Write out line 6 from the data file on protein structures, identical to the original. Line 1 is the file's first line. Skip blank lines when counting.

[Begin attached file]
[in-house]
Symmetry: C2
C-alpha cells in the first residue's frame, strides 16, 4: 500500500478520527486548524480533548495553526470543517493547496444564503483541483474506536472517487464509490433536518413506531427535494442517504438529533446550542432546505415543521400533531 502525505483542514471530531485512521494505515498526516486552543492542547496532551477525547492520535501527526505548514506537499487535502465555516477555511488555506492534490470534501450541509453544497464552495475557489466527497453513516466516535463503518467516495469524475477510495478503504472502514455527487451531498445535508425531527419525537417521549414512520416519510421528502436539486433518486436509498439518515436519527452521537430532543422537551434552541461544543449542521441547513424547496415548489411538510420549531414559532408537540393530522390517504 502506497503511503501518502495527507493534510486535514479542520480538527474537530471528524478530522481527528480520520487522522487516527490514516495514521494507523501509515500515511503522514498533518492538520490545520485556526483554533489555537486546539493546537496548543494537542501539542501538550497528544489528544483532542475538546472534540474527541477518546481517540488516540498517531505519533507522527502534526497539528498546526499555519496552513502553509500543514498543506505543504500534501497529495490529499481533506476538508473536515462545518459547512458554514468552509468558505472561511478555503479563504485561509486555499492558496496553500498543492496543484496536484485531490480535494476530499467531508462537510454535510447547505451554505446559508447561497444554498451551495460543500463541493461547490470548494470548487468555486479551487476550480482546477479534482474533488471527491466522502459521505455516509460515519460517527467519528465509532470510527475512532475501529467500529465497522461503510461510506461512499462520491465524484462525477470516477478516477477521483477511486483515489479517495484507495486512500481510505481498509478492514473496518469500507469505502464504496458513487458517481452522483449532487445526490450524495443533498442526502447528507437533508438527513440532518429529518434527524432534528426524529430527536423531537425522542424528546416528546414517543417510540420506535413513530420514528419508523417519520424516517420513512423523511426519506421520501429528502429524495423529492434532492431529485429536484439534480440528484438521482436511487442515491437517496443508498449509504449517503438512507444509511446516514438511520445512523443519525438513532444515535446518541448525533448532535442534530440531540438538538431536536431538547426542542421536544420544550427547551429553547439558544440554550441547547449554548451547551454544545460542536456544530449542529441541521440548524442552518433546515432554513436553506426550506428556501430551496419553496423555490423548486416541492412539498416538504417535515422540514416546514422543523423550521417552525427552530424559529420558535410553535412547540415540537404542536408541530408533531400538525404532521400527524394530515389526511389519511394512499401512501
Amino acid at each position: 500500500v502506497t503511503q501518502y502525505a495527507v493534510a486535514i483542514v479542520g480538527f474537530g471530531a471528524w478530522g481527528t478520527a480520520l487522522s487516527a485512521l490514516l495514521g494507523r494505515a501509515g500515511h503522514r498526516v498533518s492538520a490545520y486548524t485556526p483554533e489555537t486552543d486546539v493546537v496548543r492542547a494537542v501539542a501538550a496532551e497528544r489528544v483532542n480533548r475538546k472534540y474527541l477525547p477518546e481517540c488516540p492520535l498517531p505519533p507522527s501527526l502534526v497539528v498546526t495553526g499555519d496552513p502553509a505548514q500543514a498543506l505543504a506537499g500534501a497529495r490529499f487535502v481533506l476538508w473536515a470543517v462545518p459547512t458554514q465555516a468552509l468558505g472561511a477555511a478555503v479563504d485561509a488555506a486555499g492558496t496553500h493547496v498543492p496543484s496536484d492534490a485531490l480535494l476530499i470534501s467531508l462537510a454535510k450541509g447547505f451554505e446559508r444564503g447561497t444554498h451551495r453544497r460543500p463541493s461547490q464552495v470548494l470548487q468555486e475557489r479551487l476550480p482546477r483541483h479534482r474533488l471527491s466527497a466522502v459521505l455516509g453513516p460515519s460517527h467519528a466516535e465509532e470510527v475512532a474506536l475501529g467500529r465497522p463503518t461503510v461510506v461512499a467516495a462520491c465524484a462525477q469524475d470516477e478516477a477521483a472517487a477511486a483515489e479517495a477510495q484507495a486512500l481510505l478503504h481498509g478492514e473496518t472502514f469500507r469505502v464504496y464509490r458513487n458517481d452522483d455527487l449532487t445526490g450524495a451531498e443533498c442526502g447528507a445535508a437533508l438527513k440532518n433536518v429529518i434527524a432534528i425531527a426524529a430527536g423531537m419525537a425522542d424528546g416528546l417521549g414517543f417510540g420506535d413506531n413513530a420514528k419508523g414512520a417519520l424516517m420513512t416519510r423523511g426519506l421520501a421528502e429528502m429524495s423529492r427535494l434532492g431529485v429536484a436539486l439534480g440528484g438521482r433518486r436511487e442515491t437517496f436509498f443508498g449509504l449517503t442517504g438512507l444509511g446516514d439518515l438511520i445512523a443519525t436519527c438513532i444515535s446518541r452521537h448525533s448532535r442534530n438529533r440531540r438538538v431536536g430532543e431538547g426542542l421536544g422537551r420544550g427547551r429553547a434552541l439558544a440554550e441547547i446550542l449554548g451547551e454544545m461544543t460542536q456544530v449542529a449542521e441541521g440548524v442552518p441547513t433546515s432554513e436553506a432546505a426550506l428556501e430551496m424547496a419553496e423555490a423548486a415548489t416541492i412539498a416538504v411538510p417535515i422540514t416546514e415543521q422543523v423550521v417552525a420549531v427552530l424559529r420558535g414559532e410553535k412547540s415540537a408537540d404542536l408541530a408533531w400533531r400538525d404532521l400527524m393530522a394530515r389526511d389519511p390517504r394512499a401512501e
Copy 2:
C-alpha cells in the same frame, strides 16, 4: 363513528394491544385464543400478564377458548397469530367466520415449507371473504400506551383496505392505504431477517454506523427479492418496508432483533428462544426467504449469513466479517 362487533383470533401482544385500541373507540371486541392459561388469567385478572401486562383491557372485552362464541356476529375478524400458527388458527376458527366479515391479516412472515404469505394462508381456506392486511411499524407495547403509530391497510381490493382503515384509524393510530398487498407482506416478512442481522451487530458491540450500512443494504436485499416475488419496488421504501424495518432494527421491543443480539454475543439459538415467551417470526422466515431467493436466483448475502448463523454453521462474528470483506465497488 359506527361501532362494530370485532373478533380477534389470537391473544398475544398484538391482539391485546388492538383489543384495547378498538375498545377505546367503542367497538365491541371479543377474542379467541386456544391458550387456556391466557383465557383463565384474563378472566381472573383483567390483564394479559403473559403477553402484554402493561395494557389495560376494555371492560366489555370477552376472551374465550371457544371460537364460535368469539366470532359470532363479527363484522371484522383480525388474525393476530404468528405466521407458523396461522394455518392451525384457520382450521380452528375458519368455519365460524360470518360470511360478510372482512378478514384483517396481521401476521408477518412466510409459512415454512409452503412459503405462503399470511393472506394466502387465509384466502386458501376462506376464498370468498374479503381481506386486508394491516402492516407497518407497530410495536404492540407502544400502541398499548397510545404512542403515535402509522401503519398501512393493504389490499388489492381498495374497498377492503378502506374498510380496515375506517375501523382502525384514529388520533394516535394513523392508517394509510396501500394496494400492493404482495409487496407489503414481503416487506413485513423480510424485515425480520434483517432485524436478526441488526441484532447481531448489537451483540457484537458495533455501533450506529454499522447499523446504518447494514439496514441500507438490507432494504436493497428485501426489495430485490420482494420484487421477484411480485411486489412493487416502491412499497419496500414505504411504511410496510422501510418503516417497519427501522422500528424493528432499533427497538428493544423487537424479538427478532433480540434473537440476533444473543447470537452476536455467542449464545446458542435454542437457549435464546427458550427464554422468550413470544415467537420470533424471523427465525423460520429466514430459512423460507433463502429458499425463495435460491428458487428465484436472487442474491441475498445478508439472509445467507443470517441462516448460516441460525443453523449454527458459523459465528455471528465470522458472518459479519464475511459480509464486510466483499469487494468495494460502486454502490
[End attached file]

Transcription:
C-alpha cells in the same frame, strides 16, 4: 363513528394491544385464543400478564377458548397469530367466520415449507371473504400506551383496505392505504431477517454506523427479492418496508432483533428462544426467504449469513466479517 362487533383470533401482544385500541373507540371486541392459561388469567385478572401486562383491557372485552362464541356476529375478524400458527388458527376458527366479515391479516412472515404469505394462508381456506392486511411499524407495547403509530391497510381490493382503515384509524393510530398487498407482506416478512442481522451487530458491540450500512443494504436485499416475488419496488421504501424495518432494527421491543443480539454475543439459538415467551417470526422466515431467493436466483448475502448463523454453521462474528470483506465497488 359506527361501532362494530370485532373478533380477534389470537391473544398475544398484538391482539391485546388492538383489543384495547378498538375498545377505546367503542367497538365491541371479543377474542379467541386456544391458550387456556391466557383465557383463565384474563378472566381472573383483567390483564394479559403473559403477553402484554402493561395494557389495560376494555371492560366489555370477552376472551374465550371457544371460537364460535368469539366470532359470532363479527363484522371484522383480525388474525393476530404468528405466521407458523396461522394455518392451525384457520382450521380452528375458519368455519365460524360470518360470511360478510372482512378478514384483517396481521401476521408477518412466510409459512415454512409452503412459503405462503399470511393472506394466502387465509384466502386458501376462506376464498370468498374479503381481506386486508394491516402492516407497518407497530410495536404492540407502544400502541398499548397510545404512542403515535402509522401503519398501512393493504389490499388489492381498495374497498377492503378502506374498510380496515375506517375501523382502525384514529388520533394516535394513523392508517394509510396501500394496494400492493404482495409487496407489503414481503416487506413485513423480510424485515425480520434483517432485524436478526441488526441484532447481531448489537451483540457484537458495533455501533450506529454499522447499523446504518447494514439496514441500507438490507432494504436493497428485501426489495430485490420482494420484487421477484411480485411486489412493487416502491412499497419496500414505504411504511410496510422501510418503516417497519427501522422500528424493528432499533427497538428493544423487537424479538427478532433480540434473537440476533444473543447470537452476536455467542449464545446458542435454542437457549435464546427458550427464554422468550413470544415467537420470533424471523427465525423460520429466514430459512423460507433463502429458499425463495435460491428458487428465484436472487442474491441475498445478508439472509445467507443470517441462516448460516441460525443453523449454527458459523459465528455471528465470522458472518459479519464475511459480509464486510466483499469487494468495494460502486454502490